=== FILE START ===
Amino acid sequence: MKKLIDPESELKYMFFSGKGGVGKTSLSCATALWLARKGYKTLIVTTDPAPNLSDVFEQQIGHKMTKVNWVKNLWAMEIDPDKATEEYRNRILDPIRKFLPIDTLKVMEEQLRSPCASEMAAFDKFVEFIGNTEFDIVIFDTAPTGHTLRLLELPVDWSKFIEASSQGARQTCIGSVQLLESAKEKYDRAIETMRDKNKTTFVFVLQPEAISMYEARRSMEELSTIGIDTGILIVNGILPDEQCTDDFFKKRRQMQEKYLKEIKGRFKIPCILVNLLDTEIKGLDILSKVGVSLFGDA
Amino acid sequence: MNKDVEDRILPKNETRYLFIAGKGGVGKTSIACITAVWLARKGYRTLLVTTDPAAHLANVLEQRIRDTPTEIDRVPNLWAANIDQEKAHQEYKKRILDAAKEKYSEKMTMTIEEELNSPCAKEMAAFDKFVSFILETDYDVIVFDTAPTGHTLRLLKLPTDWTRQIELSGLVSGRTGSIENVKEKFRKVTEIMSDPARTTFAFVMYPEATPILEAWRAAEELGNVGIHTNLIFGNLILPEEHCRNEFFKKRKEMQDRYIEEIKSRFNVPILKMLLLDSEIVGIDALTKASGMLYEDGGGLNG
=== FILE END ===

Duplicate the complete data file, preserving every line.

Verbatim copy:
Amino acid sequence: MKKLIDPESELKYMFFSGKGGVGKTSLSCATALWLARKGYKTLIVTTDPAPNLSDVFEQQIGHKMTKVNWVKNLWAMEIDPDKATEEYRNRILDPIRKFLPIDTLKVMEEQLRSPCASEMAAFDKFVEFIGNTEFDIVIFDTAPTGHTLRLLELPVDWSKFIEASSQGARQTCIGSVQLLESAKEKYDRAIETMRDKNKTTFVFVLQPEAISMYEARRSMEELSTIGIDTGILIVNGILPDEQCTDDFFKKRRQMQEKYLKEIKGRFKIPCILVNLLDTEIKGLDILSKVGVSLFGDA
Amino acid sequence: MNKDVEDRILPKNETRYLFIAGKGGVGKTSIACITAVWLARKGYRTLLVTTDPAAHLANVLEQRIRDTPTEIDRVPNLWAANIDQEKAHQEYKKRILDAAKEKYSEKMTMTIEEELNSPCAKEMAAFDKFVSFILETDYDVIVFDTAPTGHTLRLLKLPTDWTRQIELSGLVSGRTGSIENVKEKFRKVTEIMSDPARTTFAFVMYPEATPILEAWRAAEELGNVGIHTNLIFGNLILPEEHCRNEFFKKRKEMQDRYIEEIKSRFNVPILKMLLLDSEIVGIDALTKASGMLYEDGGGLNG